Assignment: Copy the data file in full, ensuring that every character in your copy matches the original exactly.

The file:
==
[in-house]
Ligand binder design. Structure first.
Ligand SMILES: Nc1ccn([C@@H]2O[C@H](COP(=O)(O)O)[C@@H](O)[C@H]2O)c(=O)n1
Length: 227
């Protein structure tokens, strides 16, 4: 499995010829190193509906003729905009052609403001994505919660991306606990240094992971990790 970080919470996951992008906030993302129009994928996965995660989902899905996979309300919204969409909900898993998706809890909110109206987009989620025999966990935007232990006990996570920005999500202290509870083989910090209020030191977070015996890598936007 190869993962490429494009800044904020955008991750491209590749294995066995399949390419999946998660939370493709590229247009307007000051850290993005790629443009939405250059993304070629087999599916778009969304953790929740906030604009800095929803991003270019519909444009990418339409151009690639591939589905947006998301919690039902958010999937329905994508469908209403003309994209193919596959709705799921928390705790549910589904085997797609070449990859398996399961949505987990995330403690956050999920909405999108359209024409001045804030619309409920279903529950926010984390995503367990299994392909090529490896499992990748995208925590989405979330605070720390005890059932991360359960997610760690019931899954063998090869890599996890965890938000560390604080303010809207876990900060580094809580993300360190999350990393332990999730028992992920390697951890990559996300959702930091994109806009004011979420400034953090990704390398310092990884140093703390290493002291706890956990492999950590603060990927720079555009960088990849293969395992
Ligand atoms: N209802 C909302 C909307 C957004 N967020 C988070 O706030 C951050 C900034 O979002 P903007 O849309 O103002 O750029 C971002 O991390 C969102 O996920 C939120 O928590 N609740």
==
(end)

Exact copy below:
[in-house]
Ligand binder design. Structure first.
Ligand SMILES: Nc1ccn([C@@H]2O[C@H](COP(=O)(O)O)[C@@H](O)[C@H]2O)c(=O)n1
Length: 227
């Protein structure tokens, strides 16, 4: 499995010829190193509906003729905009052609403001994505919660991306606990240094992971990790 970080919470996951992008906030993302129009994928996965995660989902899905996979309300919204969409909900898993998706809890909110109206987009989620025999966990935007232990006990996570920005999500202290509870083989910090209020030191977070015996890598936007 190869993962490429494009800044904020955008991750491209590749294995066995399949390419999946998660939370493709590229247009307007000051850290993005790629443009939405250059993304070629087999599916778009969304953790929740906030604009800095929803991003270019519909444009990418339409151009690639591939589905947006998301919690039902958010999937329905994508469908209403003309994209193919596959709705799921928390705790549910589904085997797609070449990859398996399961949505987990995330403690956050999920909405999108359209024409001045804030619309409920279903529950926010984390995503367990299994392909090529490896499992990748995208925590989405979330605070720390005890059932991360359960997610760690019931899954063998090869890599996890965890938000560390604080303010809207876990900060580094809580993300360190999350990393332990999730028992992920390697951890990559996300959702930091994109806009004011979420400034953090990704390398310092990884140093703390290493002291706890956990492999950590603060990927720079555009960088990849293969395992
Ligand atoms: N209802 C909302 C909307 C957004 N967020 C988070 O706030 C951050 C900034 O979002 P903007 O849309 O103002 O750029 C971002 O991390 C969102 O996920 C939120 O928590 N609740």